Green Stormwater Infrastructure (GSI)

Residential Rain Garden

 What is Green Stormwater Infrastructure (GSI)?

GSI, also know as Low-Impact Development or LID, makes our homes and neighborhoods more green and slows, captures, and cleans polluted runoff from roads, roofs, and parking lots at its source, before it harms our waterways. We can put green stormwater infrastructure on private property to add attractive landscaping and help slow and clean polluted runoff from roofs, patios, and driveways.

 LID is required for new development and redevelopment projects. For LID information and pre-approved plans for new development and redevelopment projects, visit Development Services.

GSI For Your Property

Downspout Disconnection

What? Many downspouts connect our roof gutters to underground pipes that carry water to our local creeks and Lake Washington. Disconnecting your downspout from existing standpipes can be accomplished fairly easily with an elbow, pipe extension, and splash block.

Considerations: 

  • Disconnect no more than 700 square feet of roof area to a single downspout or splash-block. 
  • Downspouts should not be disconnected within 50 feet of steep slopes or landslide hazard areas. 
  • Downspouts should discharge at least 5 feet from your house foundation. 

Resources:

Native Landscaping

What? Native landscaping is the removal some of your less permeable surfaces – such as patios or lawns - and replacing them with native plants and cultivars that have deeper root systems and amended soils. Native landscaping requires less water and maintenance, and is more capable of absorbing rainwater runoff. 

Considerations:

  • New and young plants need water to grow strong roots. Watering is essential during the first two to three summers after native landscaping installation.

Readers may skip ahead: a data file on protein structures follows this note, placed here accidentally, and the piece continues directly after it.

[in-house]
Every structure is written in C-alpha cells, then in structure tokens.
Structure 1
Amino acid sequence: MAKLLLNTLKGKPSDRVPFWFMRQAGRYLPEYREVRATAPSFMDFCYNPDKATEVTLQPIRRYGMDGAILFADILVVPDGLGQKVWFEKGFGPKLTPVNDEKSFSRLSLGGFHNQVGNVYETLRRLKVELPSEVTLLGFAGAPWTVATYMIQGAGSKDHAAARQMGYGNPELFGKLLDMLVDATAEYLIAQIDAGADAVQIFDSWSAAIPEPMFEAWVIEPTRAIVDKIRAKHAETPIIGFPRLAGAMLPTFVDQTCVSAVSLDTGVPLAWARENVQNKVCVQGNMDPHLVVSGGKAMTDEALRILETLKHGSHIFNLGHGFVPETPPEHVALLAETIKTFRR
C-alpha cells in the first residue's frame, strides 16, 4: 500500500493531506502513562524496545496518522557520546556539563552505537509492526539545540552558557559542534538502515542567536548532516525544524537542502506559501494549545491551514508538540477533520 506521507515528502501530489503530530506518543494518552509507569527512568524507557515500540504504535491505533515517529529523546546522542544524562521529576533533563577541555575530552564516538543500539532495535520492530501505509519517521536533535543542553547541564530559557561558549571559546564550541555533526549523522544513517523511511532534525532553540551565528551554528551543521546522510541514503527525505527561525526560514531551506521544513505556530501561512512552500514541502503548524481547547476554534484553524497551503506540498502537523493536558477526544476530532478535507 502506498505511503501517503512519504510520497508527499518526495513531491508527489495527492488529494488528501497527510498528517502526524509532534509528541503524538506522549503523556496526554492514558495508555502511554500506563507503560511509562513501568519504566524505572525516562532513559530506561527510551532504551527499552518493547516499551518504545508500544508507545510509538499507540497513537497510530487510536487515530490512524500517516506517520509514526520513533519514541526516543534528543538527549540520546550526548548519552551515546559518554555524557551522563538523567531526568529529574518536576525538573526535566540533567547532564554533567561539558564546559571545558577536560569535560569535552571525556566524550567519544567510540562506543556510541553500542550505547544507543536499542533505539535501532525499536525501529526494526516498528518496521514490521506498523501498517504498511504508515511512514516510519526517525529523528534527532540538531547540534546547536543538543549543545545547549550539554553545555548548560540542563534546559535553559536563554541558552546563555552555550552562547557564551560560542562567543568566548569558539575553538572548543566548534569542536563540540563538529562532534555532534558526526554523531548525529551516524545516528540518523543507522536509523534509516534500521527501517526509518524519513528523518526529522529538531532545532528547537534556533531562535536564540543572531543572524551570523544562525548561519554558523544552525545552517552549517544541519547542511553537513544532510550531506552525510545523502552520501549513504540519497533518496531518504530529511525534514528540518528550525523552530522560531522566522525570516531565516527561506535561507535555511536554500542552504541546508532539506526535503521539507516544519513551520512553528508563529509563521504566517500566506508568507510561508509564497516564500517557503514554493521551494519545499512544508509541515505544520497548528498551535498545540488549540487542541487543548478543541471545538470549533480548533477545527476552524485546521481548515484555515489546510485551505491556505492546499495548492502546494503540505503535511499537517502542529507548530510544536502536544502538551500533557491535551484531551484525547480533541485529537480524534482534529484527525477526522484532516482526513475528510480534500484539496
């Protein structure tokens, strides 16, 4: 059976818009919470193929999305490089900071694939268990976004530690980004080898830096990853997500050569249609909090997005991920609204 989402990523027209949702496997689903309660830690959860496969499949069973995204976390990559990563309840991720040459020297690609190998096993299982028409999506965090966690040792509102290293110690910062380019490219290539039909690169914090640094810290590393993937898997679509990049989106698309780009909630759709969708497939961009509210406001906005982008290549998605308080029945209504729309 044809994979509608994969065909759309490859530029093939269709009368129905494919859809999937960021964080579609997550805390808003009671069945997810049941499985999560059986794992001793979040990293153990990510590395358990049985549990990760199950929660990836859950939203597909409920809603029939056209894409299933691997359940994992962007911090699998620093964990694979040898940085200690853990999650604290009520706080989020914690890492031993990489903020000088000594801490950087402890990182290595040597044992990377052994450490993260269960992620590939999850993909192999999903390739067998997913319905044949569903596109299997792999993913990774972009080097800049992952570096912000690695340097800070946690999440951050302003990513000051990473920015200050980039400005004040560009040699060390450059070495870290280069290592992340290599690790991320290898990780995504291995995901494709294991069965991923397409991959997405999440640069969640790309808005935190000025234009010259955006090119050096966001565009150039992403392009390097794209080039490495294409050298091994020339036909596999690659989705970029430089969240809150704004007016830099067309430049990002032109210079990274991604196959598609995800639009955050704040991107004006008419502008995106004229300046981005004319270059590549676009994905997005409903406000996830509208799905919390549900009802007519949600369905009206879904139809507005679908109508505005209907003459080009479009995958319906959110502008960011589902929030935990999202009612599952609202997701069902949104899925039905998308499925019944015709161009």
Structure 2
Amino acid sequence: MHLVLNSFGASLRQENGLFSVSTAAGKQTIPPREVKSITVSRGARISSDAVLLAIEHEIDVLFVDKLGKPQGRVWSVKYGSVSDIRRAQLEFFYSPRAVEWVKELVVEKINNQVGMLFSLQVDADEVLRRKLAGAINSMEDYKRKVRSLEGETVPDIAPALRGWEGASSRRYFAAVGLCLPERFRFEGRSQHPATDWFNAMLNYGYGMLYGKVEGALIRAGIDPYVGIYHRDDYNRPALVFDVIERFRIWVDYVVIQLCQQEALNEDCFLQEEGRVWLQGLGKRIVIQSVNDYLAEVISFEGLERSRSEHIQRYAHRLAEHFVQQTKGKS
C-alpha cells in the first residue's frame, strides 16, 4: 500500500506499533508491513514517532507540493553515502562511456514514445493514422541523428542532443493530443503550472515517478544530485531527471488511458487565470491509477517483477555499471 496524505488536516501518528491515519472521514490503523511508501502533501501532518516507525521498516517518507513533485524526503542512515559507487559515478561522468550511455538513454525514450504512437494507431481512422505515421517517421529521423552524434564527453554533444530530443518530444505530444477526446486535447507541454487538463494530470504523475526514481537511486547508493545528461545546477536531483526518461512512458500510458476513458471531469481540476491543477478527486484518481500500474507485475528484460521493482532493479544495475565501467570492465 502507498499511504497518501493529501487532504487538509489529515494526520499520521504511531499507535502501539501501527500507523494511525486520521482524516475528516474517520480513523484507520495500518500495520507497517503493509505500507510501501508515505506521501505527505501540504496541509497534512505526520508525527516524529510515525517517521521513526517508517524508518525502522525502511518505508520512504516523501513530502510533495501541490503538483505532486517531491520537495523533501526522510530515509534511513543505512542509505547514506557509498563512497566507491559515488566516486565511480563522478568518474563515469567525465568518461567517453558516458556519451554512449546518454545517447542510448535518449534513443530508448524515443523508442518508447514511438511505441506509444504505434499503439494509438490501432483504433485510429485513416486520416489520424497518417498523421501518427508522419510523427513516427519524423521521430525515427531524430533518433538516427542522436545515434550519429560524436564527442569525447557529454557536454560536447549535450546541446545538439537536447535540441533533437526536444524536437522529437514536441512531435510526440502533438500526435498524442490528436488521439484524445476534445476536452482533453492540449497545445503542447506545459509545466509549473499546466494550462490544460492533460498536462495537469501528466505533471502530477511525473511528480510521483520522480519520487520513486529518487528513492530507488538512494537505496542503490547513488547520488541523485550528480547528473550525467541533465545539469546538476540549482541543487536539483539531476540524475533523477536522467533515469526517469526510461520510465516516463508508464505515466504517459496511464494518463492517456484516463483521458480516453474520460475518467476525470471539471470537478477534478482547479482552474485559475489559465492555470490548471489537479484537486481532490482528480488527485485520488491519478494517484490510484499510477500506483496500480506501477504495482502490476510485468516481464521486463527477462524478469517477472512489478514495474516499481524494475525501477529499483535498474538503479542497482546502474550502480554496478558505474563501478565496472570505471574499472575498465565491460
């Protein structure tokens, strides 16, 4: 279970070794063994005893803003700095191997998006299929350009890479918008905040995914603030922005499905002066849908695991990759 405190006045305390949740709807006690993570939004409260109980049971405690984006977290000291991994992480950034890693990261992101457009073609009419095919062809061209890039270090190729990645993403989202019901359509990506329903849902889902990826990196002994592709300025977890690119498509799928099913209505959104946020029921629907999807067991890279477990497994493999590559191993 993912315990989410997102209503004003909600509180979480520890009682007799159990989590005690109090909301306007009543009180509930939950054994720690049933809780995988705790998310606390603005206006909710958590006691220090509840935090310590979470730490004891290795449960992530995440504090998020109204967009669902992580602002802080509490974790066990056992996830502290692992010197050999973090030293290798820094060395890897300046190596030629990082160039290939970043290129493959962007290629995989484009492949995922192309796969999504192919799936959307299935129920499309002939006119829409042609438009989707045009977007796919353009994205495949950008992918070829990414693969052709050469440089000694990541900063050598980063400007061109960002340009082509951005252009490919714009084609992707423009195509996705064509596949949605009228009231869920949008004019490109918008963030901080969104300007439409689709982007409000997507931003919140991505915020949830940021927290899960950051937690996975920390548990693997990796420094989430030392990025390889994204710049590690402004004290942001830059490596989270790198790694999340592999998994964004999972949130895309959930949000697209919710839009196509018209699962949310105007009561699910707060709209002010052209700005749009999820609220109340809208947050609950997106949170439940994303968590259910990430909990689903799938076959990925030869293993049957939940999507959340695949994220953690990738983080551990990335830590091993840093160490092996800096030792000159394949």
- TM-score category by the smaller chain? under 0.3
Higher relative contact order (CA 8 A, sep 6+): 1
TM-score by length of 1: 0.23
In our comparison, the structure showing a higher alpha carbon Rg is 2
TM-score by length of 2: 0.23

Resources:

Learn more about Natural Yard Care on your property.

Native Landscaping BeforeNative Landscaping After

 

Permeable Pavement

What? Permeable Pavement can be used for walkways, parking areas, driveways, and patios. The pervious pavement reduces the amount of rainwater runoff by allowing rain to infiltrate through the surface and into the ground. Examples are pervious concrete, pervious asphalt, permeable pavers, and grass pavers.

 

Considerations:

  • Permeable pavement is best on gentle slopes less than 12%
  • Provide an overflow path for runoff from big storms to flow to street drains, landscaping, or a rain garden.

Resources:

Rain Gardens

What? Rain gardens are shallow, bowl-shaped gardens designed to collect and filter water from your roof, driveway, or other impervious surfaces. Rain gardens can be shaped and sized to fit your yard, are filled with a rich layer of mulch and compost to help water soak in, and are landscaped with a variety of plants that fit your yard, sun, and soil. 

Considerations:

  • Your property needs a fairly level yard with a slope less than 5%. Rain gardens should also be located at least 50 feet away from steep slopes to reduce landslide hazard. 
  • Rain gardens should be at least 10 feet from your house foundation. 
  • Rain gardens need well-draining soil to function properly. This can sometimes require removing your existing soil and replacing it with a specialized rain garden soil mixture.

Resources:

 Residential Rain Garden

Rain-capture Cisterns

What? A cistern is a large rain barrel that collects hundreds to thousands of gallons of water. Made of durable materials like metal, heavy plastic, or fiberglass, cisterns fill with water from your roof, gutters, and downspouts. Water can be stored until you need it for irrigation, or can be slowly released by hose to your landscape. 

Considerations: 

  • Cistern overflow should be directed at least 5 feet from your house foundation. 
  • Full cisterns can weigh thousands of pounds. Careful placement and a sturdy foundation will keep your cistern safe and secure. 
  • A dark colored tank and shaded location will limit algae growth, reduce maintenance needs, and extend the lifespan of your cistern. 

Resources:

 Cistern-Oval.jpg

Tree Planting

What? Planting trees creates a canopy, or "umbrella," of leaves that helps provide shade and reduces the intensity of rainfall before it hits the ground. Planting trees is an easy, affordable way to help the environment. 

 

Considerations:

  • Trees should be planted 10 feet from underground utilities and permanent buildings, 20 feet from street lights or other trees, and 30 feet from street corners. Trees near power lines should grow to less than 25 feet tall.  

Resources:

 planting Western Red Cedar_Green Kirkland Partnership.jpg